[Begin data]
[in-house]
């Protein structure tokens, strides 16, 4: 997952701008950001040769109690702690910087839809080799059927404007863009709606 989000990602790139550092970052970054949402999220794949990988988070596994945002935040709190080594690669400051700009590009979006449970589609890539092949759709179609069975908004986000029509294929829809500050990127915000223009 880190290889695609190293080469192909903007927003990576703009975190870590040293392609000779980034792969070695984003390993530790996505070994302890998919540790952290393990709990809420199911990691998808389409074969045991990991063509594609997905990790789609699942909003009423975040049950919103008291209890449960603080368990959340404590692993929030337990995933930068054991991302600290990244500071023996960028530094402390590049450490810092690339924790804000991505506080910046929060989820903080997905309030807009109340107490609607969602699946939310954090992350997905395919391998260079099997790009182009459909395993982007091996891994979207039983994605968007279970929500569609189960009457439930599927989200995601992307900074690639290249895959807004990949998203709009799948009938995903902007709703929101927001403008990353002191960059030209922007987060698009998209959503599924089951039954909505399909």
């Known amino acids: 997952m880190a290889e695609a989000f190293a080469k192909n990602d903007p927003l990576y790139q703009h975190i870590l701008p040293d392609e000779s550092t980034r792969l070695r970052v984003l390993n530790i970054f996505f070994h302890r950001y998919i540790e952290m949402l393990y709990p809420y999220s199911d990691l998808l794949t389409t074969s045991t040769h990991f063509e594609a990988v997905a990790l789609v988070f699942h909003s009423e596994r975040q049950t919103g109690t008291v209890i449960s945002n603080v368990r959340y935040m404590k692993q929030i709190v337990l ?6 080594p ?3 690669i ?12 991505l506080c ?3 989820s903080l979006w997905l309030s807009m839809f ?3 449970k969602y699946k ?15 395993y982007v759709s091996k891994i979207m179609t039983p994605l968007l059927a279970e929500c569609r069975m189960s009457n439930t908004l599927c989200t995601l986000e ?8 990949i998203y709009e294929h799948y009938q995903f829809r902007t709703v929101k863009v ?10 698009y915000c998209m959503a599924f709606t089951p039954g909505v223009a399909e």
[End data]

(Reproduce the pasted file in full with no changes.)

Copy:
[in-house]
């Protein structure tokens, strides 16, 4: 997952701008950001040769109690702690910087839809080799059927404007863009709606 989000990602790139550092970052970054949402999220794949990988988070596994945002935040709190080594690669400051700009590009979006449970589609890539092949759709179609069975908004986000029509294929829809500050990127915000223009 880190290889695609190293080469192909903007927003990576703009975190870590040293392609000779980034792969070695984003390993530790996505070994302890998919540790952290393990709990809420199911990691998808389409074969045991990991063509594609997905990790789609699942909003009423975040049950919103008291209890449960603080368990959340404590692993929030337990995933930068054991991302600290990244500071023996960028530094402390590049450490810092690339924790804000991505506080910046929060989820903080997905309030807009109340107490609607969602699946939310954090992350997905395919391998260079099997790009182009459909395993982007091996891994979207039983994605968007279970929500569609189960009457439930599927989200995601992307900074690639290249895959807004990949998203709009799948009938995903902007709703929101927001403008990353002191960059030209922007987060698009998209959503599924089951039954909505399909």
């Known amino acids: 997952m880190a290889e695609a989000f190293a080469k192909n990602d903007p927003l990576y790139q703009h975190i870590l701008p040293d392609e000779s550092t980034r792969l070695r970052v984003l390993n530790i970054f996505f070994h302890r950001y998919i540790e952290m949402l393990y709990p809420y999220s199911d990691l998808l794949t389409t074969s045991t040769h990991f063509e594609a990988v997905a990790l789609v988070f699942h909003s009423e596994r975040q049950t919103g109690t008291v209890i449960s945002n603080v368990r959340y935040m404590k692993q929030i709190v337990l ?6 080594p ?3 690669i ?12 991505l506080c ?3 989820s903080l979006w997905l309030s807009m839809f ?3 449970k969602y699946k ?15 395993y982007v759709s091996k891994i979207m179609t039983p994605l968007l059927a279970e929500c569609r069975m189960s009457n439930t908004l599927c989200t995601l986000e ?8 990949i998203y709009e294929h799948y009938q995903f829809r902007t709703v929101k863009v ?10 698009y915000c998209m959503a599924f709606t089951p039954g909505v223009a399909e």